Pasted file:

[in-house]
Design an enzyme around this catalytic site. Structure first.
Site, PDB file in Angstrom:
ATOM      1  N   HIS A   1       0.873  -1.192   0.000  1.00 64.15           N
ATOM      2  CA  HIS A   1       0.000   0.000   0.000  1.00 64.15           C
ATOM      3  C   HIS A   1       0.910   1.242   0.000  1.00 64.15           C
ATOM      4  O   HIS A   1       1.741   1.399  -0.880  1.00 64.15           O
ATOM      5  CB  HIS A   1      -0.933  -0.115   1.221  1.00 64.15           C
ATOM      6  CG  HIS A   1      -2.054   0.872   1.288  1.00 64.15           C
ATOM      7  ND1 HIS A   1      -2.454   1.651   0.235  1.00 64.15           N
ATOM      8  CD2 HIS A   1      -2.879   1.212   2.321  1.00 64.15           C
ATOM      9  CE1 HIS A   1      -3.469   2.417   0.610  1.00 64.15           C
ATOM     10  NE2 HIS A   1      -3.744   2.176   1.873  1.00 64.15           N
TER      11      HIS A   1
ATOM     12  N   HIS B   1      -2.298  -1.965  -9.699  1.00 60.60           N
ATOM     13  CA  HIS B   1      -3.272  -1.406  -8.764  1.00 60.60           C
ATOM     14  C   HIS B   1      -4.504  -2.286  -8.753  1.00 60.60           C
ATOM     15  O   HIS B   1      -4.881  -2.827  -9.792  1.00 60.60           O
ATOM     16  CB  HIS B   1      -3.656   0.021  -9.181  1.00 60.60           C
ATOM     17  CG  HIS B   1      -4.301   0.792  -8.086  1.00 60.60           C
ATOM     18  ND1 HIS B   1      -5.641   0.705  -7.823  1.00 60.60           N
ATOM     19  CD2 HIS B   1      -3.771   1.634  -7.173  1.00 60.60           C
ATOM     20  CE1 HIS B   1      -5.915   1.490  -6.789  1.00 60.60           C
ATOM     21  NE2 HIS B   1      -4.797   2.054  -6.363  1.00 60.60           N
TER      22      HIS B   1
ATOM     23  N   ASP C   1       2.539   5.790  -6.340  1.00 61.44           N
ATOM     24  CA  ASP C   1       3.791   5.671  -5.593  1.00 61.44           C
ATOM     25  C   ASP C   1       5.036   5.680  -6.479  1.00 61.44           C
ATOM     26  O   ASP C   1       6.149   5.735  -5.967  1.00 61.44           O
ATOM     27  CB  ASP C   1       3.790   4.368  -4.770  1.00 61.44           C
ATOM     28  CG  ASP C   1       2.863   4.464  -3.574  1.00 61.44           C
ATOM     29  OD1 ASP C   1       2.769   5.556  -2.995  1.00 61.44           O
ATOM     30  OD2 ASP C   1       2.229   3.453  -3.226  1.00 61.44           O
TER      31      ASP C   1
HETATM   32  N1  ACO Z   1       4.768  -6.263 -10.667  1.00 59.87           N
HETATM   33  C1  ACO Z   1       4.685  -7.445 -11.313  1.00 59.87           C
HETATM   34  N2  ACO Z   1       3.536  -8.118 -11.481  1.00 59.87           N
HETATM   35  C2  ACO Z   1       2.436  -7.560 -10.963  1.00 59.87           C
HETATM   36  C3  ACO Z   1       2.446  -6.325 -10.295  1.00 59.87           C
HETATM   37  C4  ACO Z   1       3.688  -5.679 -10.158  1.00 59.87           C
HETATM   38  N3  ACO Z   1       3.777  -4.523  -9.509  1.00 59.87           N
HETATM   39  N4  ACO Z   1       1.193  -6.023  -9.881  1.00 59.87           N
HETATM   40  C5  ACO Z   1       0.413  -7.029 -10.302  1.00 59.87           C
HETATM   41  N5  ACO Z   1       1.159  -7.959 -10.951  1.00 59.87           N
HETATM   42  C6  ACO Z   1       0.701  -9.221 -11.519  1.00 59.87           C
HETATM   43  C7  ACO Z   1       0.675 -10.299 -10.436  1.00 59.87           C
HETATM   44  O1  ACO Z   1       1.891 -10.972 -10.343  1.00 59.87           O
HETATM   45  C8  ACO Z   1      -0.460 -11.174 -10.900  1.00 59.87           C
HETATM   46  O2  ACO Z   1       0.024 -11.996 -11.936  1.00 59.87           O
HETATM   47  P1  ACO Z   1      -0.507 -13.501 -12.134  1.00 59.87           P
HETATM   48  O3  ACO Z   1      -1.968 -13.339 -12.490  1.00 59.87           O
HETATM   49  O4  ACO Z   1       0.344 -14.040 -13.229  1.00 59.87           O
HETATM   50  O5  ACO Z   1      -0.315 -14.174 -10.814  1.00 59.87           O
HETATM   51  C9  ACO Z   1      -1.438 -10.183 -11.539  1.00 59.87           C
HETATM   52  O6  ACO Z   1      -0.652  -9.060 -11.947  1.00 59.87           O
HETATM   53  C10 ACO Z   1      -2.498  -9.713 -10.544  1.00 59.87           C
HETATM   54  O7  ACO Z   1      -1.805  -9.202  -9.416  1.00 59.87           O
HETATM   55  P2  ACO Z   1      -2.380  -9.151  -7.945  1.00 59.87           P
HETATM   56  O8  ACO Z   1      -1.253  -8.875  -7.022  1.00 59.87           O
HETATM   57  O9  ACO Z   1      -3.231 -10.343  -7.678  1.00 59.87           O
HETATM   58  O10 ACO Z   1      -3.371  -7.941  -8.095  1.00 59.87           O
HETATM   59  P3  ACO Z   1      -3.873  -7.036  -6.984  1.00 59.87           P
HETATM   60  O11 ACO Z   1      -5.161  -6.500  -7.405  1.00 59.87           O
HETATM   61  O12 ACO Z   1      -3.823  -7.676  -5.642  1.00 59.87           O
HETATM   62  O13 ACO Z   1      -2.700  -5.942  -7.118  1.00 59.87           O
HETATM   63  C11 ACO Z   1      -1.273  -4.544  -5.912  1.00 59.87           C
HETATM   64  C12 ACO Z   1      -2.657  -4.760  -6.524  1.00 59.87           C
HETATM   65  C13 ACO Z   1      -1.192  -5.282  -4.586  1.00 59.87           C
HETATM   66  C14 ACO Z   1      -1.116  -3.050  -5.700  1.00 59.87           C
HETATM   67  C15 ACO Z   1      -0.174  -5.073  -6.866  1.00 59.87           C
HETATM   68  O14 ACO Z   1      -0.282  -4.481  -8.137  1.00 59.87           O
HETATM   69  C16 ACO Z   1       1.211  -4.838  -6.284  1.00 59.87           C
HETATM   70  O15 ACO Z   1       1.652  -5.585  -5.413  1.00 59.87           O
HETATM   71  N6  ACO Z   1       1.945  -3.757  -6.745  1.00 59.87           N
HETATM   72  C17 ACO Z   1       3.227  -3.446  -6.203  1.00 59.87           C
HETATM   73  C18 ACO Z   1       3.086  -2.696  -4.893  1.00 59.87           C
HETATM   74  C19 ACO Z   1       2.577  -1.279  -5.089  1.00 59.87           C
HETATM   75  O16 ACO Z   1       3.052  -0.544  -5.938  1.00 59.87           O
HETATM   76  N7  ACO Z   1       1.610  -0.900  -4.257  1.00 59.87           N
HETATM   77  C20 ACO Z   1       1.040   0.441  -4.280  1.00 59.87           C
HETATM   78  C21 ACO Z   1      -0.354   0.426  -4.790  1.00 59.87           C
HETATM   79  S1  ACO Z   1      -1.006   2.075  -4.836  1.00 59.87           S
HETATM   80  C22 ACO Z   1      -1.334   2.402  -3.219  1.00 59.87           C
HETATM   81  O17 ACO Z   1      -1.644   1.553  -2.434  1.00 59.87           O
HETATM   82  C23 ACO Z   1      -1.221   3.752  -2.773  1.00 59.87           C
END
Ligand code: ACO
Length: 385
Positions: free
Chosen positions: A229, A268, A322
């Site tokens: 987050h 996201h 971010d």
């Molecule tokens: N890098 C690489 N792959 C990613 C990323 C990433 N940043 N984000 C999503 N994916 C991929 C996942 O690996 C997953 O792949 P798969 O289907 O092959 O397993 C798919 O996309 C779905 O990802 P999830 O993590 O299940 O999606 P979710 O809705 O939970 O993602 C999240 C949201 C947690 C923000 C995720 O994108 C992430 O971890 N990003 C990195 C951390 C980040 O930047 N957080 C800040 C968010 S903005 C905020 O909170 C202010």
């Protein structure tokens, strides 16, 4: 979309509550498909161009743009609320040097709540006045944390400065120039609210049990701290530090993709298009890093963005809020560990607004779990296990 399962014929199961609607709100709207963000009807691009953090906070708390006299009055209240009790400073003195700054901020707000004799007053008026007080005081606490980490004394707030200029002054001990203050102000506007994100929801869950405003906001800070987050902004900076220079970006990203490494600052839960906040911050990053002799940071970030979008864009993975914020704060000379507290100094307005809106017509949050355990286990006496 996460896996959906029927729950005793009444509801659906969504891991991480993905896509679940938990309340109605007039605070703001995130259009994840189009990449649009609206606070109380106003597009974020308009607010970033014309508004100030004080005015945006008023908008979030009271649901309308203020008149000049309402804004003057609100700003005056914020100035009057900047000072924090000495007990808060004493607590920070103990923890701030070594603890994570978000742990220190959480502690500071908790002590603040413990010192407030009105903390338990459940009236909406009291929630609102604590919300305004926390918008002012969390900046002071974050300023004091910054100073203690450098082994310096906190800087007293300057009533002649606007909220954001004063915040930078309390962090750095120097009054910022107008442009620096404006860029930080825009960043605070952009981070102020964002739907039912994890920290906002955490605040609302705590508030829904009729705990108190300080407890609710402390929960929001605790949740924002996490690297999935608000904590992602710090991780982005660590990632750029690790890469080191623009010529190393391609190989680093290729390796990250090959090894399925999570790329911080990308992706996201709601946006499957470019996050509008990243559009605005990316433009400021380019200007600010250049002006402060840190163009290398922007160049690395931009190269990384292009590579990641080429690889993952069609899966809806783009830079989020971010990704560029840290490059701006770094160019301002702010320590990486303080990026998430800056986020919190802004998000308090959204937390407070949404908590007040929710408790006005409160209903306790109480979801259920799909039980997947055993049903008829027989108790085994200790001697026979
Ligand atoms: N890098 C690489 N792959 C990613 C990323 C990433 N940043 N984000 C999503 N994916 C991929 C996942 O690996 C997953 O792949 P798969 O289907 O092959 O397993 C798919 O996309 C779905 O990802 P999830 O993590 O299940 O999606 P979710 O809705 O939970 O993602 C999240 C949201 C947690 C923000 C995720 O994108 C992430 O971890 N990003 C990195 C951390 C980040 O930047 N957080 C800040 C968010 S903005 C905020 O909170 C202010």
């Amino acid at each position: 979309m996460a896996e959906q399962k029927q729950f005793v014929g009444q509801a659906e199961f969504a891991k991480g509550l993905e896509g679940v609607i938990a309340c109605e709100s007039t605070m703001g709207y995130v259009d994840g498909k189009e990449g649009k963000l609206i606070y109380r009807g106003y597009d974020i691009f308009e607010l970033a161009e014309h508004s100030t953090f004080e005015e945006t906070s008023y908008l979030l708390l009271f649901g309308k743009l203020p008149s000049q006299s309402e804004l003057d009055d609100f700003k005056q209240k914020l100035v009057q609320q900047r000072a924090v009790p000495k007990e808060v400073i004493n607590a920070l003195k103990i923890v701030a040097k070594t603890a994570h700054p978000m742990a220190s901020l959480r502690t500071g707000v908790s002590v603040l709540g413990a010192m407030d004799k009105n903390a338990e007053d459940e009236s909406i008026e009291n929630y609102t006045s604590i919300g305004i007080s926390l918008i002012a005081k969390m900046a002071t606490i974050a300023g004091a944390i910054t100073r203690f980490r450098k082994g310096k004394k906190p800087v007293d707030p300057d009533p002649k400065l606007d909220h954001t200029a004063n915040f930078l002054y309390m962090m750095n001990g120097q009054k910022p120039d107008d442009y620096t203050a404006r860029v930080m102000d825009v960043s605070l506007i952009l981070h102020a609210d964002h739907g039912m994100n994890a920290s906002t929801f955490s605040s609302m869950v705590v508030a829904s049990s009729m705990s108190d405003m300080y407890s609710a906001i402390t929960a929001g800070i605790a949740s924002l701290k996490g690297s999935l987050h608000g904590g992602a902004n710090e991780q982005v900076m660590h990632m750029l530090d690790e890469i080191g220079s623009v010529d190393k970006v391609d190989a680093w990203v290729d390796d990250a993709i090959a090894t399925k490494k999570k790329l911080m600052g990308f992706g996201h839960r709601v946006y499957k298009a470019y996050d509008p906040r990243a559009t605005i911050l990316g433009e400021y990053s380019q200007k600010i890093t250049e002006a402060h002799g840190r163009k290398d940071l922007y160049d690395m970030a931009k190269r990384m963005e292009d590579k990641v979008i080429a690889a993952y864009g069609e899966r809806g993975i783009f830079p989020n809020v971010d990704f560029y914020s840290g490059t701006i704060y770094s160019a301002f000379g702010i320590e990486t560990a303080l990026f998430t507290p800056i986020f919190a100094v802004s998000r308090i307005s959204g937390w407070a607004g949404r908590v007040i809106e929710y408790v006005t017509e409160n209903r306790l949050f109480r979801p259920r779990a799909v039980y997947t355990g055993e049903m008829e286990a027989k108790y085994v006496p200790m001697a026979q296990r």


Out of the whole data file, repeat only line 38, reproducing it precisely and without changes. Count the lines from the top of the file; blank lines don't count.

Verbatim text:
HETATM   35  C2  ACO Z   1       2.436  -7.560 -10.963  1.00 59.87           C